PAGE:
Director: Elliot Goldner
Starring: Gordon Kennedy, Robin Hill, Aiden McArdle
Duration: 89 minutes
There is understandable fatigue with the found-footage genre, conjuring memories of countless films where a camera shakes in the dark whilst someone screams for sixty minutes. Thankfully [REC], Lake Mungo and The Bay have shown that done well the medium can be effective and, whilst it may not be ground breaking, The Borderlands is a welcome entry to the genre.
A debut feature from director Elliot Goldner, it begins with the affable techie Gray (Robin Hill) and weary Vatican investigator Deacon (Gordon Kennedy) setting up base in the West Country of England. They are tasked with investigating a remote church where a video was recorded showing a powerful tremor during a child’s baptism. After installing CCTV in various locations and fixing cameras to their person they begin an examination that leads to hostile locals, ghostly cries and a tradition with sinister links to ancient times.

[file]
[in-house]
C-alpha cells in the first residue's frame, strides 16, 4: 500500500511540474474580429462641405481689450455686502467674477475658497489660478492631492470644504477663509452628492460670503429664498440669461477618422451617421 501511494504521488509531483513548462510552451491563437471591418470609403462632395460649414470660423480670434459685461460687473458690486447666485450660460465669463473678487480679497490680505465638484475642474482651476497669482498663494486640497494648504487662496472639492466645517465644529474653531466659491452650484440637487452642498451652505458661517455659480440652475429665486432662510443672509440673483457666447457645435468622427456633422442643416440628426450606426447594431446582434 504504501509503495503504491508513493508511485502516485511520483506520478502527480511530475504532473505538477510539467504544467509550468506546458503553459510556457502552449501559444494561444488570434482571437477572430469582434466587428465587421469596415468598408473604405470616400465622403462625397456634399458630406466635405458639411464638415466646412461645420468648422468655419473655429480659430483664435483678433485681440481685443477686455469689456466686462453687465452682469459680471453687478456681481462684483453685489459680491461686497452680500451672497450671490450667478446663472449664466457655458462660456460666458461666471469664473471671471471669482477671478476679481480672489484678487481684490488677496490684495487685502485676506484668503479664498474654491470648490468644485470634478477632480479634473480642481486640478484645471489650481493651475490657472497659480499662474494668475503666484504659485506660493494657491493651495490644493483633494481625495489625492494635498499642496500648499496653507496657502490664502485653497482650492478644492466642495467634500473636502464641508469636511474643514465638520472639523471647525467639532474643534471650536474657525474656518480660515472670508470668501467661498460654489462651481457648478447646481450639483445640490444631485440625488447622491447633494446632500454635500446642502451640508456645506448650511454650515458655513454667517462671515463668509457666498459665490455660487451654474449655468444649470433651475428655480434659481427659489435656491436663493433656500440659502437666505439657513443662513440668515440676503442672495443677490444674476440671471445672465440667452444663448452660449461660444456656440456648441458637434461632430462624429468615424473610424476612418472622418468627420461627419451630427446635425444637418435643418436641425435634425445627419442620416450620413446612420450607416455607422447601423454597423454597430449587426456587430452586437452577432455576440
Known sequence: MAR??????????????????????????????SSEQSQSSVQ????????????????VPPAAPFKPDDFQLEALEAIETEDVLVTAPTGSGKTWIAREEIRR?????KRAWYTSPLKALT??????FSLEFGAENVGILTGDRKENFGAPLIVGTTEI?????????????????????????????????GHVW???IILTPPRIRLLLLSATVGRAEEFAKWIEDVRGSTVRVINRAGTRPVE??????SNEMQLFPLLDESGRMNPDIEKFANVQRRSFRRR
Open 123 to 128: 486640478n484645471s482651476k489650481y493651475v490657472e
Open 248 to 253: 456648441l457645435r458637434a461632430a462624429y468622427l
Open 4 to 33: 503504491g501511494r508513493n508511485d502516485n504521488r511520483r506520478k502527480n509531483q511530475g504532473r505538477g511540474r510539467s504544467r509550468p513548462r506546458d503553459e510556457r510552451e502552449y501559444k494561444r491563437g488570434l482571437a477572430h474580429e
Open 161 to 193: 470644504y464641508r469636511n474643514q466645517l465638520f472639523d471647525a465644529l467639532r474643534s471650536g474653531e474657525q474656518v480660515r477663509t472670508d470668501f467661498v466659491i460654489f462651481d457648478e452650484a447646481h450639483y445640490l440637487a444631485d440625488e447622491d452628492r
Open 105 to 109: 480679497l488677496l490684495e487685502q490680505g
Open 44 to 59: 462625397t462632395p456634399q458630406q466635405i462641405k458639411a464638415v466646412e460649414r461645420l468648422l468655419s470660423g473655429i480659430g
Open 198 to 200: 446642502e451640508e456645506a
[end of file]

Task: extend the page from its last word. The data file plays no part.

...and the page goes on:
The ignorant outsiders, bumbling into a community and mocking its customs before meeting a grim but deserved end is a story common in horror. The Borderlands has fun with this trope, including a brilliant line about The Wicker Man, and cleverly reverses it as Gray and Deacon arrive armed with confidence in technology and theology. It is refreshing that rather than blindly accept any disruption as proof of the spirit realm, Deacon is skeptical, having seen many desperate vicars pull hoaxes to attract more parishioners to their church. He attempts to resolve the case with Logic but Gray, new to the job and more open-minded, forces Deacon to question his faith as the disturbances become increasingly unexplainable and frightening. The leads are superbly played, with the relationship and growing fondness between the two being one of the most enjoyable aspects of the film.
Much of its content may be common to the genre but The Borderlands does boast occasional moments of originality, including a Lovecraftian conclusion that will be unbearable for those troubled by the claustrophobic caves found in The Descent. The movie is built on a solid story and entertaining characters so when a dark tunnel is discovered beneath the church even a found-footage cynic may be tempted to explore below.
Verdict: 4 out of 5
Reviewed by Tom Connelly
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